Here we see an aggregated output where, for instance, we can see that 60% of the customers are women, that strawberry is the product most people choose, followed by vanilla. But in terms of product quantity, chocolate is actually in 2nd place.
This type of data is immensely useful, because it gives insight into what people are doing as a group, but you also notice how different it is from the raw data.
With the raw data, we could learn that Mia Green likes strawberry ice cream, but with the aggregated data we have no idea what she likes. We do not even know that she was ever at the store.
There is no violation of privacy taking place with aggregated data. In fact, everyone shares aggregated data. Including you and me.
For instance, if I ask you how many visitors you had to your website last month, and you then tell me that you had 28,000 uniques, this is an aggregated number. But you are not violating any of your visitors privacy by revealing how much traffic you have in total.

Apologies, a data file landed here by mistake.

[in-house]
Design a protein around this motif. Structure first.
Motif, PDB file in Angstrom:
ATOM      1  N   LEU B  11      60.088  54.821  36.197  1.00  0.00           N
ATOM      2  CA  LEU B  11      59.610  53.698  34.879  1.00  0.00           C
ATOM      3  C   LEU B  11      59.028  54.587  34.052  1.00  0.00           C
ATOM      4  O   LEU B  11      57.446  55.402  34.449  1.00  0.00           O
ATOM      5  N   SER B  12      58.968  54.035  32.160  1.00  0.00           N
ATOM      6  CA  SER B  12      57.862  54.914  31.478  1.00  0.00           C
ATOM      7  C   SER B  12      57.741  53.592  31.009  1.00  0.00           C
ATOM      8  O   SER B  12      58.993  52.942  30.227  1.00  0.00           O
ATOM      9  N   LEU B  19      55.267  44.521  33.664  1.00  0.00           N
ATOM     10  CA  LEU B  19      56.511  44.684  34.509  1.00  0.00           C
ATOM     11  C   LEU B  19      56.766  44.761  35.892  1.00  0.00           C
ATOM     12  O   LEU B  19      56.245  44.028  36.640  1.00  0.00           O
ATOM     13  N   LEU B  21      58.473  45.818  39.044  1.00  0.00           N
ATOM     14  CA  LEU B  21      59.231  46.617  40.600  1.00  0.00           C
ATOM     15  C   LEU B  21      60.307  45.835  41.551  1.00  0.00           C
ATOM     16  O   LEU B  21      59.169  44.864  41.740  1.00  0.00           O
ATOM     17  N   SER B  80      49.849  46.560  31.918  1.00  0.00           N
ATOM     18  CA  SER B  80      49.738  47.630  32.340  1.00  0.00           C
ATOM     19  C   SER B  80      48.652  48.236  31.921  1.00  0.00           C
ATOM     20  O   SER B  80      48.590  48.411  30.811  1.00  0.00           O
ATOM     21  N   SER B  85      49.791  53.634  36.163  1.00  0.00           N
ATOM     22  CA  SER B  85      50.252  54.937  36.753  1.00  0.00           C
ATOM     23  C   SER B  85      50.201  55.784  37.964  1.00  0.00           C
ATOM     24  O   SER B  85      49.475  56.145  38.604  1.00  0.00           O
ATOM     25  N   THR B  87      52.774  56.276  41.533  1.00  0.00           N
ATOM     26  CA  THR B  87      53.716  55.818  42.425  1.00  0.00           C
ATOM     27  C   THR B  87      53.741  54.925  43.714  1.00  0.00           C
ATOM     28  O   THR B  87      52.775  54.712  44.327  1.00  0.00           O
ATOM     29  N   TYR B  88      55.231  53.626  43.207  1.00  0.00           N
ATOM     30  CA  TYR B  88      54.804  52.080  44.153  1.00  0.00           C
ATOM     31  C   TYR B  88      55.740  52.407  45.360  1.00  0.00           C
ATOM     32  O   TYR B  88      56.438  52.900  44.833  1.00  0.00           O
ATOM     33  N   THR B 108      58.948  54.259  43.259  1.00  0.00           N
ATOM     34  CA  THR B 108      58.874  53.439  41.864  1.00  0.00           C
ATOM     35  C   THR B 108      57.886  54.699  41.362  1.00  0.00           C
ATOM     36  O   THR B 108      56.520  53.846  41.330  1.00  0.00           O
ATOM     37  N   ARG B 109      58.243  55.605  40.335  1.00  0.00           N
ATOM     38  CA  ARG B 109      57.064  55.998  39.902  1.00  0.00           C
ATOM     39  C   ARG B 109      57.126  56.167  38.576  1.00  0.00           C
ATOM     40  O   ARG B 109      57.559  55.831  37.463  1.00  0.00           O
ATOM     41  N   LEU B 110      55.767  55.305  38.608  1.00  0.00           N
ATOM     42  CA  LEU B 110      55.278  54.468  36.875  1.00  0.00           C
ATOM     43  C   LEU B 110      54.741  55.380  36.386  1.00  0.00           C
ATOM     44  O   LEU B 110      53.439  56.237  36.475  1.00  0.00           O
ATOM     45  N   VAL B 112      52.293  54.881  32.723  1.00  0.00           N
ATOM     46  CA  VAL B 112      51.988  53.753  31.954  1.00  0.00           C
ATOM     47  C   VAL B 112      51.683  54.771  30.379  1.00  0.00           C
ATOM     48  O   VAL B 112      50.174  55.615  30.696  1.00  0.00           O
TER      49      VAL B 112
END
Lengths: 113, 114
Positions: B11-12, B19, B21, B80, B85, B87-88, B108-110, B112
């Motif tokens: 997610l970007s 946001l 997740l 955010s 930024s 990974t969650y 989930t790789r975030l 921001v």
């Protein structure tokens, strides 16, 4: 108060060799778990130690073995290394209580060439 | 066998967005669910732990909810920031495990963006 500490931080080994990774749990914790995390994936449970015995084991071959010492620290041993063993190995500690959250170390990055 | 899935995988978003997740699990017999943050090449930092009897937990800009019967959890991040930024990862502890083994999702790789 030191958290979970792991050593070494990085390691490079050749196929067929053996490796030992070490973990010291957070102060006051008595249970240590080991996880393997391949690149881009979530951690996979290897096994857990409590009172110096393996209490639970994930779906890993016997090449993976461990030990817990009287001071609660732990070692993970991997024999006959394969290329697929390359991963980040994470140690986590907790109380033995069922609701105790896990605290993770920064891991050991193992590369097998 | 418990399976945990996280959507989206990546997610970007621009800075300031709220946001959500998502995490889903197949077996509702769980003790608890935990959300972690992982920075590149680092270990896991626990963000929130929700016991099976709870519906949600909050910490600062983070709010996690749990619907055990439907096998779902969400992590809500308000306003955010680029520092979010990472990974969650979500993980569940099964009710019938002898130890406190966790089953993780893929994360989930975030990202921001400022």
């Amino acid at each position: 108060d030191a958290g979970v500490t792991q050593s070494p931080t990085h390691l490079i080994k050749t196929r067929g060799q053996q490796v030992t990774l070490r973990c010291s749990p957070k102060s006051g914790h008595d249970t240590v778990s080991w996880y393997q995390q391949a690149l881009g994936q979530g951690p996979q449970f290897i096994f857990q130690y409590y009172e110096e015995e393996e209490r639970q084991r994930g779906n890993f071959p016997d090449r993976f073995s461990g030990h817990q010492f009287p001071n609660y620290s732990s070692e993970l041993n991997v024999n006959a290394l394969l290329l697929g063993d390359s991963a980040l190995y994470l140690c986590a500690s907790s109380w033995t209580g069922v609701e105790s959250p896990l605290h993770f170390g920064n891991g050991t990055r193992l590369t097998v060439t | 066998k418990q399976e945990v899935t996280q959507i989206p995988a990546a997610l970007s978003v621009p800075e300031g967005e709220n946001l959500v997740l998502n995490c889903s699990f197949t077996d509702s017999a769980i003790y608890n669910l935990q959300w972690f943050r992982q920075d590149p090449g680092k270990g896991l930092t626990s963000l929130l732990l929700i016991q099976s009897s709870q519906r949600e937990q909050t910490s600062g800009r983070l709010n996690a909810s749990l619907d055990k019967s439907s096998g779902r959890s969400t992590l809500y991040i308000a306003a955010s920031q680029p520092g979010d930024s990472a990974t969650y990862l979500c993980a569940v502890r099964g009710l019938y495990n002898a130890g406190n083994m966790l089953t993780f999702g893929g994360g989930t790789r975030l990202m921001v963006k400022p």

Aggregated data is the opposite of individual data.
I get so frustrated every single time I read an article by a journalist, or hear comments from people thinking that this is bad and somehow violating their privacy. It's simply not true.
Now let's address the second massive misconception that people keep telling me about. It's that third party analytics tools, like Google Analytics, are a violation of your privacy because your data is sent to and stored by Google.
This is again not true. Or rather, it's not true by default. It is true that you can setup Google analytics so that data flows across sites and into their advertising system, but it's not how Google Analytics works by default. And it's not how Google Analytics works when I use it on this site.
Let me explain:
The way most people think Google Analytics works is like this. You have one site, like The Verge that is using Google Analytics, and then you have another site, like Samsung, that is also using Google Analytics.
Since both sites use Google Analytics, surely Google knows what you are doing on each site, and can then target you with annoying ads the next time you use Gmail. Right?
No. Just no!